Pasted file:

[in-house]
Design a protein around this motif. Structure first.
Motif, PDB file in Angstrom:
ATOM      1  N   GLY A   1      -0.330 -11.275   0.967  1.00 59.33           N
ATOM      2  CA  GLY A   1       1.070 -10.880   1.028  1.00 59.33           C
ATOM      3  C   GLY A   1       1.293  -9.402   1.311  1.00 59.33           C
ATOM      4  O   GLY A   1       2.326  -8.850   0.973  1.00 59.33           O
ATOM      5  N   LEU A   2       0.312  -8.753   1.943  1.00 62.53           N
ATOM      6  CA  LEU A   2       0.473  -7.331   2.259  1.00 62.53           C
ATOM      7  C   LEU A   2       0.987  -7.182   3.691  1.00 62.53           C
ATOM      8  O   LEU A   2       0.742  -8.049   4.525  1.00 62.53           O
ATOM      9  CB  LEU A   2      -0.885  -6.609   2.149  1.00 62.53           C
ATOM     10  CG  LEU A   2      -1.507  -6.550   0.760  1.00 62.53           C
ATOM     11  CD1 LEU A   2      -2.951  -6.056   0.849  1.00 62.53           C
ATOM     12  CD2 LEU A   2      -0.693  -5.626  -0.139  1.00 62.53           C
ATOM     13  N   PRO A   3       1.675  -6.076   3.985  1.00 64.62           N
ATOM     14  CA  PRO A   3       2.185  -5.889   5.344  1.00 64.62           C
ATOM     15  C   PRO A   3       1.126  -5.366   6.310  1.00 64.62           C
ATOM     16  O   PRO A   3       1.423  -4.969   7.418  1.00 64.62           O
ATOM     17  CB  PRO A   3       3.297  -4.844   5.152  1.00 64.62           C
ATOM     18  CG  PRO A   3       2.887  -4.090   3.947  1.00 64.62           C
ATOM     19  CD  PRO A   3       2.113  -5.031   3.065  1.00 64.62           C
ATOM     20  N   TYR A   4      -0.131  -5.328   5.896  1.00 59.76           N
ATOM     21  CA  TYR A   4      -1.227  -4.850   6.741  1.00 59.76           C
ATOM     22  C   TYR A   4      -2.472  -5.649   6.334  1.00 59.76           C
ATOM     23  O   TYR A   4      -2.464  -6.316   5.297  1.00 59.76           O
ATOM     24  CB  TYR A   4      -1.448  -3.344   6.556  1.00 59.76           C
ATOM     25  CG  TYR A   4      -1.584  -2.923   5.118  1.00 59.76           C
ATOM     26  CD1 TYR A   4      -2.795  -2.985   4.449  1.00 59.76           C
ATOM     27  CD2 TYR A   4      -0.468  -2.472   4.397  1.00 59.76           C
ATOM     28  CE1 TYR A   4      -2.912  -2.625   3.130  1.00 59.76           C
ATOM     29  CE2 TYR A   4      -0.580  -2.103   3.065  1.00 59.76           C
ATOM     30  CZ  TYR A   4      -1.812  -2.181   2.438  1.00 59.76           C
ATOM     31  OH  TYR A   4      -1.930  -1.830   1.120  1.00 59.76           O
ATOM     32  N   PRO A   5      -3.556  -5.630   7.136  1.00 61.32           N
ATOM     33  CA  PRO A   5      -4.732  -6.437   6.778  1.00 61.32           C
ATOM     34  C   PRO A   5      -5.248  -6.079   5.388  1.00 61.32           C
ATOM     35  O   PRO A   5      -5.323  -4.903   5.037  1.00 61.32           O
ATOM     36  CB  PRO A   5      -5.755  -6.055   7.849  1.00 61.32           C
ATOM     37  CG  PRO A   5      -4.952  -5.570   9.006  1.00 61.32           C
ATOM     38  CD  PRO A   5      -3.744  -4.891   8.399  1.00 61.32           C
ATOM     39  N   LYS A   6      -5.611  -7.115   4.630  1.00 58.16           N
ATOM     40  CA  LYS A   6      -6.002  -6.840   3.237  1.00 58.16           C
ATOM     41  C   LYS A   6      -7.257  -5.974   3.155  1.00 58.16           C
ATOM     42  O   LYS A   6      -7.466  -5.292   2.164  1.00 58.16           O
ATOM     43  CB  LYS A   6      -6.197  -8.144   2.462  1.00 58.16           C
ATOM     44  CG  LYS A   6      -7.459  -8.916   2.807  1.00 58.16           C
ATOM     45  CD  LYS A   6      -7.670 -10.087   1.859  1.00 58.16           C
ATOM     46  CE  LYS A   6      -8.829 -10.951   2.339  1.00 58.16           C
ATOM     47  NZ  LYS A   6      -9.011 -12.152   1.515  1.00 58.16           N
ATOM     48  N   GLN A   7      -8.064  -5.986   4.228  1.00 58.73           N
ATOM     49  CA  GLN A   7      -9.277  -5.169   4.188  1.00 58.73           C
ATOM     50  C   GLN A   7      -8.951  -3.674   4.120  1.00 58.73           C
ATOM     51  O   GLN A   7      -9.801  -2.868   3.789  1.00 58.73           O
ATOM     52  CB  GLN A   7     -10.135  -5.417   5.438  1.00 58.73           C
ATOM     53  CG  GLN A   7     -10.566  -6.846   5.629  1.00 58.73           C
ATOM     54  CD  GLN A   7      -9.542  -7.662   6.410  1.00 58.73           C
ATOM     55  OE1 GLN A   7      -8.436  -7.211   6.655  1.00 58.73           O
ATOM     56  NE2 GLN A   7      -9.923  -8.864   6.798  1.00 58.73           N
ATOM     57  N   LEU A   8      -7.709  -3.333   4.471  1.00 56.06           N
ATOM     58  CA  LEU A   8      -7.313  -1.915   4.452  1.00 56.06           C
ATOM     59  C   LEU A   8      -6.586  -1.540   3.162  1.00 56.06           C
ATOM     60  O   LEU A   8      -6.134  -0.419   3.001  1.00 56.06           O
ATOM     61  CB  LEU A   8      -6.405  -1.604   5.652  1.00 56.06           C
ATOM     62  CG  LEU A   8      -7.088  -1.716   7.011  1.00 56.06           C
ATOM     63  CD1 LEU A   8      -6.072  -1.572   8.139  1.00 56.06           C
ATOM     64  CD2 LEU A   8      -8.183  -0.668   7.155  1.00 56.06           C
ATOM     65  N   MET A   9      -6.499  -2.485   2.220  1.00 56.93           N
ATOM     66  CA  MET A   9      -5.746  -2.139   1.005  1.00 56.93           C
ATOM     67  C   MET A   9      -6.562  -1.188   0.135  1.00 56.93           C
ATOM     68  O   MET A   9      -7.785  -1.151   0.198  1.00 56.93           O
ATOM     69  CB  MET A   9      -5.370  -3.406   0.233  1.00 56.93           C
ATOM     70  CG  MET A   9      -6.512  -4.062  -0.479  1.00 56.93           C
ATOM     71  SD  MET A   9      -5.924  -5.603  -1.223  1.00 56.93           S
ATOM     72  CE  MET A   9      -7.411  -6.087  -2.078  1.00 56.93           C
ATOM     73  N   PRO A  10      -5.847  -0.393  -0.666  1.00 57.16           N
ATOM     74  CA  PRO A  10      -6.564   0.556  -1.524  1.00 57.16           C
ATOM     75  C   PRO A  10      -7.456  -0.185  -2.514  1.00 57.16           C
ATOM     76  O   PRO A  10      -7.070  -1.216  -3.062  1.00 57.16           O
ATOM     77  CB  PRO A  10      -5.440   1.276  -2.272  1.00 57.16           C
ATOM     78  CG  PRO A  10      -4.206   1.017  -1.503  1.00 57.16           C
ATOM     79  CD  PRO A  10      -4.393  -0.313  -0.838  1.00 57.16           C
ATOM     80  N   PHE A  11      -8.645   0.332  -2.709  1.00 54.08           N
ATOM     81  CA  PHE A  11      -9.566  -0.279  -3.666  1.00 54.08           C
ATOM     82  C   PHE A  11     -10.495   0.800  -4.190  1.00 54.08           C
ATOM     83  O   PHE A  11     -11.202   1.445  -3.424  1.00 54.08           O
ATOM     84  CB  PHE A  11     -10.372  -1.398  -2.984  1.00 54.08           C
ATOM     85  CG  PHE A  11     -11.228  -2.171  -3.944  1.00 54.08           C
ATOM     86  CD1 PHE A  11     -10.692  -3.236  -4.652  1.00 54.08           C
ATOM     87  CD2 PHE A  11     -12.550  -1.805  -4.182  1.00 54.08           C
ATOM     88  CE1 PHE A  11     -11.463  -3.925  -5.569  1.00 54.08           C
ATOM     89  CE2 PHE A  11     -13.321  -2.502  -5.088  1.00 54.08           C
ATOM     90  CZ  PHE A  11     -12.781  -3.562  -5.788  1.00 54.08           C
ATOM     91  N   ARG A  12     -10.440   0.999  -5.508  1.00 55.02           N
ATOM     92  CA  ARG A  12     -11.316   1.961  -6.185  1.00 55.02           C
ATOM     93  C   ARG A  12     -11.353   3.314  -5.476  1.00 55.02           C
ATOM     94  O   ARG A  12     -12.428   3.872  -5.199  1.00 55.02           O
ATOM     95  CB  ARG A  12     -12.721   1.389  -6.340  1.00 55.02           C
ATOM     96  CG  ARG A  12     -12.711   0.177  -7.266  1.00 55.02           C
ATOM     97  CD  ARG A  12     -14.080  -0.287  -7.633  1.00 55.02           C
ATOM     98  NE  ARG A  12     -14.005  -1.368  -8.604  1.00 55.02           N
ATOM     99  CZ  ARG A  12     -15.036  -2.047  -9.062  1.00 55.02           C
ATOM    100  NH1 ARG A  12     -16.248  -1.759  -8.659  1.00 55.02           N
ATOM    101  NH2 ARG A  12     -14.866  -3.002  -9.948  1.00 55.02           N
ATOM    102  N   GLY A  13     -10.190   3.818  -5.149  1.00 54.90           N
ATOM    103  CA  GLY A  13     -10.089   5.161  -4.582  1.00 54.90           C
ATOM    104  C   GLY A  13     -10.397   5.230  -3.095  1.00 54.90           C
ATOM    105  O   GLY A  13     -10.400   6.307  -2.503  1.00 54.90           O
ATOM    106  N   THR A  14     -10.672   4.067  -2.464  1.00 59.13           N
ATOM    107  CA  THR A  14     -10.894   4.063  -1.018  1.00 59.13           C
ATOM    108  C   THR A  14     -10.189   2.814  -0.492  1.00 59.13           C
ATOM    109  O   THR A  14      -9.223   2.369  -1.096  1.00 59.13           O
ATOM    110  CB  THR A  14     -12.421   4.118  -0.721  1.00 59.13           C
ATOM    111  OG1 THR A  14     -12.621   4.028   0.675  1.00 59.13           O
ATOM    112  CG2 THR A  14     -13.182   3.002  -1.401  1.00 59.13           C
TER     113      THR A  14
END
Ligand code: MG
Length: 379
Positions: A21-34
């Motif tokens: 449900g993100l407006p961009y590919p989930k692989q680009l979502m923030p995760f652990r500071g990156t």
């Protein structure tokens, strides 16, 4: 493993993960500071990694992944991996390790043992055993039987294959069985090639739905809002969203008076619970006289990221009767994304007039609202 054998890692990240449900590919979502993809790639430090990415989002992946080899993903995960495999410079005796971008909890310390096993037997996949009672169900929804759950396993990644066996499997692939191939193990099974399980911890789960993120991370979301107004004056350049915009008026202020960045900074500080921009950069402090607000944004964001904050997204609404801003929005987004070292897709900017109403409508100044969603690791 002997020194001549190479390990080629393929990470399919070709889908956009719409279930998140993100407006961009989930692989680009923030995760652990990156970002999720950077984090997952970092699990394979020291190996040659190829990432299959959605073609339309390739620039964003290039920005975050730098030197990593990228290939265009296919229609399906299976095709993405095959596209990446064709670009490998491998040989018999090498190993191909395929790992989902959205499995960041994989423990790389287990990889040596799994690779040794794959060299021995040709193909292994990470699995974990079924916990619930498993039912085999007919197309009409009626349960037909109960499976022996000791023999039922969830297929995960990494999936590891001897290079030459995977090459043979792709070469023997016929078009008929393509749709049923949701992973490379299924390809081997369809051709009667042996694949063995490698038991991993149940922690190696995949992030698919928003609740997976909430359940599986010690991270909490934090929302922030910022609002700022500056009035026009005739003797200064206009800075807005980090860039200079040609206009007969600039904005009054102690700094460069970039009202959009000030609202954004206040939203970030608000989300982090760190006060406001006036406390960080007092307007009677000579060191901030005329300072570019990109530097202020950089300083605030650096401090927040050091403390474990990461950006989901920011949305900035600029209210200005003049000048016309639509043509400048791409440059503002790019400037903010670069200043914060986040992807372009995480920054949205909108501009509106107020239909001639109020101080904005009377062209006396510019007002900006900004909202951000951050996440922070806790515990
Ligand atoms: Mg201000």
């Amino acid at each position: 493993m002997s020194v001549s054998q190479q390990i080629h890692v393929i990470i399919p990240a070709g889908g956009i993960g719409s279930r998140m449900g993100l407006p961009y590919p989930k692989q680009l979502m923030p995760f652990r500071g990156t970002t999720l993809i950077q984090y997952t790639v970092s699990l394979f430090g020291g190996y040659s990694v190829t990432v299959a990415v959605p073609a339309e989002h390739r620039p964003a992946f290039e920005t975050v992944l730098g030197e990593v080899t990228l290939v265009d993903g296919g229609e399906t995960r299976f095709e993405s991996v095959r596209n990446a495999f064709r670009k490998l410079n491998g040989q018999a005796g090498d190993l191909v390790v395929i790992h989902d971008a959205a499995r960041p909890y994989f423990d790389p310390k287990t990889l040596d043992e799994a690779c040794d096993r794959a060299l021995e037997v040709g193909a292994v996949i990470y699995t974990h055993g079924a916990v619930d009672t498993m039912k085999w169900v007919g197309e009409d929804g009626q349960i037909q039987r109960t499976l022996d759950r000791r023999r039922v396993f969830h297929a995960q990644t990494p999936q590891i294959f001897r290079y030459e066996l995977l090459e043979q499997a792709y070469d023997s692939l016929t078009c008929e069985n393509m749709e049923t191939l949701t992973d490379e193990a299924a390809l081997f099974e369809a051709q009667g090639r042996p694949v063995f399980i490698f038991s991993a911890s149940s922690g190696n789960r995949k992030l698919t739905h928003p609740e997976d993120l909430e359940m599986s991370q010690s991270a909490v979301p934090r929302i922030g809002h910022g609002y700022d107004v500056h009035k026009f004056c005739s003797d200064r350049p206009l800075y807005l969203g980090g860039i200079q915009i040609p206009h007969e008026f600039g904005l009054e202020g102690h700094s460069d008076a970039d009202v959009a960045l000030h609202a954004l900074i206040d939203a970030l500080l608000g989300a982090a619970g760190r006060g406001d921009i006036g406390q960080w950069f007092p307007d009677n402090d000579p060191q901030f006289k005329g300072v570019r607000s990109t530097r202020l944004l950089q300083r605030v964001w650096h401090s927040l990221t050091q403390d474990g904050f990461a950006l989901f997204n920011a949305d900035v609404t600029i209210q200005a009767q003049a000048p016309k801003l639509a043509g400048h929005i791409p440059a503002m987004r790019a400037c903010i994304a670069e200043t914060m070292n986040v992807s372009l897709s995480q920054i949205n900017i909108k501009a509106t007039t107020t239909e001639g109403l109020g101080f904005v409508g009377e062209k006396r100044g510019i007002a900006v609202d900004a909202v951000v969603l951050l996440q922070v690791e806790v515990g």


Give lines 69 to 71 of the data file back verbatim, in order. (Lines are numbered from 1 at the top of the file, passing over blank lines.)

ATOM     66  CA  MET A   9      -5.746  -2.139   1.005  1.00 56.93           C
ATOM     67  C   MET A   9      -6.562  -1.188   0.135  1.00 56.93           C
ATOM     68  O   MET A   9      -7.785  -1.151   0.198  1.00 56.93           O